CLUB LEGEND: Robbie O’Davis won two grand finals with Newcastle and represented Queensland and Australia. He would be a worthy addition to the club’s Hall of Fame.THE Immortals is a wonderful concept based on a perplexing process.
Much as I love the nostalgia of celebrating and honouring rugby league’s greatest champions, and have marvelled at the archival vision of their playing days, the business of selecting them has been as random as a dog’s breakfast.
The original Immortals –Clive Churchill, Reg Gasnier, Johnny Raper and Bob Fulton –were chosen in 1981 as a promotional gimmick, designed to boost sales for a Hunter Valley vineyard and Rugby League Week magazine.
There was something slightly mythical about the notion of four players, all of whom were before my time, being so far above and beyond anyone else who had ever played the game that they were considered worthy of their own exclusive club.
And so they remained for 18 years, until it was decided they needed some company.
That Wally Lewis was inducted next was no great surprise. He was, after all, “the King” of the 1980s, the man who almost single-handedly put State of Origin on the map.
What was slightly harder to fathom was the inclusion of Graeme Langlands. If he was considered in 1981 and overlooked, did this now mean the goalposts had moved?
It was a similarly vexing dilemma in 2003, when Arthur Beetson was added to the list, despite having failed to make the grade four years earlier.
This week five moreplayers were inducted. Three of them –Dally Messenger, Dave Brown and Frank Burge –were installed after revamping the criteria to consider players before World War II for the first time.
The others were Norm Provan and Mal Meninga, who had previously missed the cut four and three times respectively.
Adding to the confusion (at least in my own head), Meninga was named in 2008 as starting centre in the Australian Rugby League’s team of the century.
Fulton, who played centre in Manly’s 1972 and 1973 grand final victories, was chosen on the bench, despite (at the time) outranking Meninga with his Immortal status.
Meanwhile, atWednesday’s unveiling of the five new inductees, Darren Lockyer was regarded as anunlucky omission. The former Brisbane, Queensland and Kangaroos captain, however, isseemingly a shoo-infor the next induction opportunity, in 2022.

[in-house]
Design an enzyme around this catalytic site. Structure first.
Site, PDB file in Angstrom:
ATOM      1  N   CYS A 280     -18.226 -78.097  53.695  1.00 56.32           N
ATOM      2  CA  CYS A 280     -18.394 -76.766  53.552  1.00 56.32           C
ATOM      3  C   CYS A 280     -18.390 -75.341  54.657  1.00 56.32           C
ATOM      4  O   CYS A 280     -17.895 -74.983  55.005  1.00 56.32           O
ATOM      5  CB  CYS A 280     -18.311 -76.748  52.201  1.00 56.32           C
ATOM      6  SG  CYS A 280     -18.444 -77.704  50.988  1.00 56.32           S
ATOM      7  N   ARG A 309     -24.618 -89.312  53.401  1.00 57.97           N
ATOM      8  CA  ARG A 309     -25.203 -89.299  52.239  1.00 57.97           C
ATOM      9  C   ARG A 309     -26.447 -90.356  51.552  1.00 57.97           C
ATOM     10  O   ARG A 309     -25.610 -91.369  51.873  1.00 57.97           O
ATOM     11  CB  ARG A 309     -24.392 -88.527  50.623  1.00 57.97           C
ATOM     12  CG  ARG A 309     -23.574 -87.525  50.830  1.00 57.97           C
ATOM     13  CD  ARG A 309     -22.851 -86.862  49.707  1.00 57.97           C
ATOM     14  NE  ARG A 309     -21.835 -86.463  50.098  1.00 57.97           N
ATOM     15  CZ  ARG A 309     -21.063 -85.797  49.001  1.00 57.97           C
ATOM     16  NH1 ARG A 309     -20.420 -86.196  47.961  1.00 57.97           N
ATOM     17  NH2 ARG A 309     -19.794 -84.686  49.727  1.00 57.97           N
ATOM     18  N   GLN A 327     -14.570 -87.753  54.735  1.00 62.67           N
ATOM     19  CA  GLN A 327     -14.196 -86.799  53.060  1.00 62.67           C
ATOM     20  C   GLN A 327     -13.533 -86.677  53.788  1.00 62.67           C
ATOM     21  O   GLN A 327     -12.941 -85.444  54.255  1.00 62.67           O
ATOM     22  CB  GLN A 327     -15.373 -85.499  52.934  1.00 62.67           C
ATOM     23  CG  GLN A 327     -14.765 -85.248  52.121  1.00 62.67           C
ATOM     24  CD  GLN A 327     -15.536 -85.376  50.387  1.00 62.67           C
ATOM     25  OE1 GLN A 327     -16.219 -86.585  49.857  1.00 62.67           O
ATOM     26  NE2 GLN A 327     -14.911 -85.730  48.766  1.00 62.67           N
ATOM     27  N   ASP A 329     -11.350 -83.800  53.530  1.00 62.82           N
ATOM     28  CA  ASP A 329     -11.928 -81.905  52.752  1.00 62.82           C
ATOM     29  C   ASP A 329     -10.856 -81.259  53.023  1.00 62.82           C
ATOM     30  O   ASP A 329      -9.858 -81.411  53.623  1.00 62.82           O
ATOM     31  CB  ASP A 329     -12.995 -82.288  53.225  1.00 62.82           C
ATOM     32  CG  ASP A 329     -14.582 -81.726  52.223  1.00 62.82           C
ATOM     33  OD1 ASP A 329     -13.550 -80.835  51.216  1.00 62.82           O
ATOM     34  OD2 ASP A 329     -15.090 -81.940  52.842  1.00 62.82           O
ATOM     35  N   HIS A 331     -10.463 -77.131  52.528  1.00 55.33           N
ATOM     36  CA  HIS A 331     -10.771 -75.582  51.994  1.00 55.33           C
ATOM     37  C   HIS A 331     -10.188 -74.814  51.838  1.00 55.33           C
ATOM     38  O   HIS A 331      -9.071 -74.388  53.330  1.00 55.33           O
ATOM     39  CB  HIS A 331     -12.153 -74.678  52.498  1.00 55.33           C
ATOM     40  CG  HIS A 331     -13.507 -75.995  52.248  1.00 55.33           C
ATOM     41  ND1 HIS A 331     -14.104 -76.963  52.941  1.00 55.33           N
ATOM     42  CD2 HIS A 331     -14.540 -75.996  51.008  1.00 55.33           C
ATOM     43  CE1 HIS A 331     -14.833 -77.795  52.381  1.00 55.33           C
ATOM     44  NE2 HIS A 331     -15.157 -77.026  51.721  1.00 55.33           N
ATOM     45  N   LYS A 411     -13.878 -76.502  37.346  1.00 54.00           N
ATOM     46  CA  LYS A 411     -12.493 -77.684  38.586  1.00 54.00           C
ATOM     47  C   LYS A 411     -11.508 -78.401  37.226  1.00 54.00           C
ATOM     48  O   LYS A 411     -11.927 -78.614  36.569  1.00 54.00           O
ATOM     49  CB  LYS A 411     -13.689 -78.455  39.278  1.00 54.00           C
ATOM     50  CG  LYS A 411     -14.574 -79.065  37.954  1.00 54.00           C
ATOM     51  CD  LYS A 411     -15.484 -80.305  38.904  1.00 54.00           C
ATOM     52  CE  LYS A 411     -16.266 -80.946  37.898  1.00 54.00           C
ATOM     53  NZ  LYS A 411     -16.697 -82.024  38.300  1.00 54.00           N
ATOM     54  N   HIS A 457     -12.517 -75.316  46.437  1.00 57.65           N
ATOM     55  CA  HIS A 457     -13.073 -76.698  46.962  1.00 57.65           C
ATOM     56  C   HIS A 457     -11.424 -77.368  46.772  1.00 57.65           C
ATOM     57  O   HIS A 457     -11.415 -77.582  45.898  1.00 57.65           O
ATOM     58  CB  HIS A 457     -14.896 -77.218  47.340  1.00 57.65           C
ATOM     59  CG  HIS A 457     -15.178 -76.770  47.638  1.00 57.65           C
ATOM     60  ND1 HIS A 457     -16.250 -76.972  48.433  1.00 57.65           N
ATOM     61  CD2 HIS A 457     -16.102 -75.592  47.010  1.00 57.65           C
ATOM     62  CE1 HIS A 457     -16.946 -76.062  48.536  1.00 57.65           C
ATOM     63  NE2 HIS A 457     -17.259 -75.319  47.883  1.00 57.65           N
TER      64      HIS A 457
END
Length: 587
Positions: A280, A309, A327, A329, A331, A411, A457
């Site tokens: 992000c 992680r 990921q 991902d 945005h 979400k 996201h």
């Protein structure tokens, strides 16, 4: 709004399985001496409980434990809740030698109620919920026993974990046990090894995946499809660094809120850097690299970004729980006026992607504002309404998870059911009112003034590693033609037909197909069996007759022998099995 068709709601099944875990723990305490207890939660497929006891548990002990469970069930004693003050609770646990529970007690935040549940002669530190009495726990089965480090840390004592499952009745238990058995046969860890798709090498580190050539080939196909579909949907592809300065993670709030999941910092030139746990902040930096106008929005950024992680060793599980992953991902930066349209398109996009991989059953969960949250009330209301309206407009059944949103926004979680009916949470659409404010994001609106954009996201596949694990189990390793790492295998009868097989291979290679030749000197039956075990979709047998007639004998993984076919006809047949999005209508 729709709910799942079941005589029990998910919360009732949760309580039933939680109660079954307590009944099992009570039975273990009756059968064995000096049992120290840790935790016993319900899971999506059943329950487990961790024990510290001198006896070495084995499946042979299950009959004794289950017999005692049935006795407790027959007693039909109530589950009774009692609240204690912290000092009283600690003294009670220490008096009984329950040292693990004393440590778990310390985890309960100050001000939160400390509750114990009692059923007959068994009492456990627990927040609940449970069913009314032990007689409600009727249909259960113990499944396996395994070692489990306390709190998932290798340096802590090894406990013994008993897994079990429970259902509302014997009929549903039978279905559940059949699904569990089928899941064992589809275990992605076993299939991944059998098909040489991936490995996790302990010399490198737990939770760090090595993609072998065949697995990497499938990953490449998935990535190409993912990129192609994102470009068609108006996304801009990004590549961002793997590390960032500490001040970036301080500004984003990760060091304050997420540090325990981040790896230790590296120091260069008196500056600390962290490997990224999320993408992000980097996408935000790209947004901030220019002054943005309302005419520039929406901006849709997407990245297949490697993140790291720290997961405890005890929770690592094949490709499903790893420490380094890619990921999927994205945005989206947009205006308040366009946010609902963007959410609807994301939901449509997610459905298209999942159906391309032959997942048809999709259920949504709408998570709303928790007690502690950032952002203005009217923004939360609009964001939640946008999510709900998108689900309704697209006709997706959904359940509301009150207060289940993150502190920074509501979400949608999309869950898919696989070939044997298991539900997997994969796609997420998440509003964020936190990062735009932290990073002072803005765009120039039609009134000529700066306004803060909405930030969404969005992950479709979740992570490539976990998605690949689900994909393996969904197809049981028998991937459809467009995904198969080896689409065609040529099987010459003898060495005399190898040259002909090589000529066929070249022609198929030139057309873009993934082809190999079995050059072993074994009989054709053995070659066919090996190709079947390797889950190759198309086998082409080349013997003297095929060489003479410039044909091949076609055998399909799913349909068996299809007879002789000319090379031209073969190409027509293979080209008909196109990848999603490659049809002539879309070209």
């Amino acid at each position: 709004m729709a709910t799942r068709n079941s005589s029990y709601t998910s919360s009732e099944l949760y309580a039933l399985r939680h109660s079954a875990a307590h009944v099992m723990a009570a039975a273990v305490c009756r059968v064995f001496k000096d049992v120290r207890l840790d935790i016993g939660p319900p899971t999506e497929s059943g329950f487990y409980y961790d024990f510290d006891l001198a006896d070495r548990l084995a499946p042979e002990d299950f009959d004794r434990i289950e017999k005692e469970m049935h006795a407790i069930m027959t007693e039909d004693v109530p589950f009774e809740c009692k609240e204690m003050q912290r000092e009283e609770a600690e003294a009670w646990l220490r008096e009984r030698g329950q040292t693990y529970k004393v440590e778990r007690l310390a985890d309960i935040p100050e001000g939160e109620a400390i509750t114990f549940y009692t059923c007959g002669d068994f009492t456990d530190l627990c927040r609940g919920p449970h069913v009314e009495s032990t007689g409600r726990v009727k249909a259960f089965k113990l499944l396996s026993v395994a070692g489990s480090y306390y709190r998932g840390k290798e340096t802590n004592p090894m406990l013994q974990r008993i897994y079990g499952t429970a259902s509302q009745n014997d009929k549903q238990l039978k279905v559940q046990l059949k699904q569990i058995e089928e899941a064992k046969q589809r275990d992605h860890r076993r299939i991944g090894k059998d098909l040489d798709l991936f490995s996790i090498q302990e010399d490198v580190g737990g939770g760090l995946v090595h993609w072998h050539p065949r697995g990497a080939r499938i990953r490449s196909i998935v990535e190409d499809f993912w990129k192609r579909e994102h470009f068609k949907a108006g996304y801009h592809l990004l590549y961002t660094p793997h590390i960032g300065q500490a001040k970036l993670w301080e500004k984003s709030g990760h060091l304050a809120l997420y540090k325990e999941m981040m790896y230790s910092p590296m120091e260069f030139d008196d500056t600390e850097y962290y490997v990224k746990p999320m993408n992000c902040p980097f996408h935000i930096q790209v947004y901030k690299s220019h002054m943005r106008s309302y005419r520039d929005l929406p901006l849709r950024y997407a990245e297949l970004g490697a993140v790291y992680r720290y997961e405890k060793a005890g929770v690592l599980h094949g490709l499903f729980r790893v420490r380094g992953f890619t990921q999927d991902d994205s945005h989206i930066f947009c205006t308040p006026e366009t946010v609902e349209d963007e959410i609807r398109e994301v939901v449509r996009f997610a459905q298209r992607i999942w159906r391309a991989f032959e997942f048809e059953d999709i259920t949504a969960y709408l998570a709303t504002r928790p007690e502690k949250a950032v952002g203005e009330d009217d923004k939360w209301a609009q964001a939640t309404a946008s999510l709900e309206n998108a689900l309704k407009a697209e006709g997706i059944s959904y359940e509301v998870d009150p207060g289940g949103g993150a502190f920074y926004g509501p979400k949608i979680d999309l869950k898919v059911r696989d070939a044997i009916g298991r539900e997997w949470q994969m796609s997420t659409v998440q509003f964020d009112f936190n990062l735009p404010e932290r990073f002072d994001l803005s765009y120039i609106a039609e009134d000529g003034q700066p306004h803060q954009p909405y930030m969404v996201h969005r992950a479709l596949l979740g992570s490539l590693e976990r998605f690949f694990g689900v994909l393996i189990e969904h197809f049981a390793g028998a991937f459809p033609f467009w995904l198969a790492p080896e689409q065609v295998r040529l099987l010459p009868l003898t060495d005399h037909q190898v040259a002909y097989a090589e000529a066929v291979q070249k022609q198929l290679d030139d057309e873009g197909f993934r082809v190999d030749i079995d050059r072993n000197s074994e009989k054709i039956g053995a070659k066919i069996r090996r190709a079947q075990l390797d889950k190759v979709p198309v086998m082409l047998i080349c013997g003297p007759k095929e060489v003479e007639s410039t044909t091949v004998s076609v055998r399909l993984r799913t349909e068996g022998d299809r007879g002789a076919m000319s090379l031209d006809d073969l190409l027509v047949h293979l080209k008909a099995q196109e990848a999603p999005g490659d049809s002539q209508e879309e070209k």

“The feeling was perhaps that Locky’s time will come,” selection-panel chairman Ian Heads said afterwards.
In other words, Lockyer has to wait in the queue, unlike Joey Johns, who was fast-tracked at the first available opportunity.
None of which, incidentally, is designed to query the credentials of the 13 men chosen, all of whom have beenthoroughly deserving.
On the subject of honour rolls, perhaps it would be timely for the Newcastle Knights to tap into the interest generated by the Immortals and expand their own Hall of Fame.
Newcastle’s Hall of Fame was founded in 2012, and the inaugural inductees were Andrew Johns, Paul Harragon, Michael Hagan, Matt Gidley and the late Allan McMahon.
Two years later, Danny Buderus, Tony Butterfield and Mark Sargent were included.
It is now four years since there were any additions, although apparentlythere were discussions around that subject last year that amounted to nothing.
My understanding is the selection panel –Michael Hill, Leigh Maughan, Allan Bell, Brett Keeble and Mike Rabbitt – are available to update the Hall of Fame whenever their services are required.
But they first need to be commissioned by Knights management.
Given that the club’s annual presentation dinner is only a matter of weeks away, I would suggestthere is no time like the present.
A Hall of Fame induction, or two, would be a highlight of the evening.
As for the likely candidates, I would find it hard to split Kurt Gidley, Robbie O’Davis and Malcolm Reilly.
Gidley played in 251 first-grade games for Newcastle, second only to Buderus, and also 12 Tests and 12 Origins, captaining NSW in the 2009 and 2010 series.
He held the club together during some lean seasons.
O’Davis is one of only five players to have featured in both Newcastle’s grand final triumphs, earning the Clive Churchill Medal in 1997.
With 223 games, 12 Origins and six Tests to his name, he retired, reluctantly, in 2004 as a club legend.
If McMahon was the coach who laid the foundations in Newcastle’s formative seasons, Reilly was the man who took the club to the next level and convinced a talented group of players they could become champions.
After steering the Knights to their unforgettable premiership win in 1997, he returned to Yorkshire a year later, becoming one of the few coaches to leave a club on his own terms, still revered by his players and the club’s supporters.
Other names such as Steve Simpson, Adam MacDougall, Matthew Johns, Timana Tahu, Ben Kennedy, Adam Muir, Marc Glanville, Mark Hughes and Bill Peden deserve to feature in discussions.
Eventually all warrant inclusion in Newcastle’s Hall of Fame. Hopefully they won’t be kept waiting as long as some of the Immortals.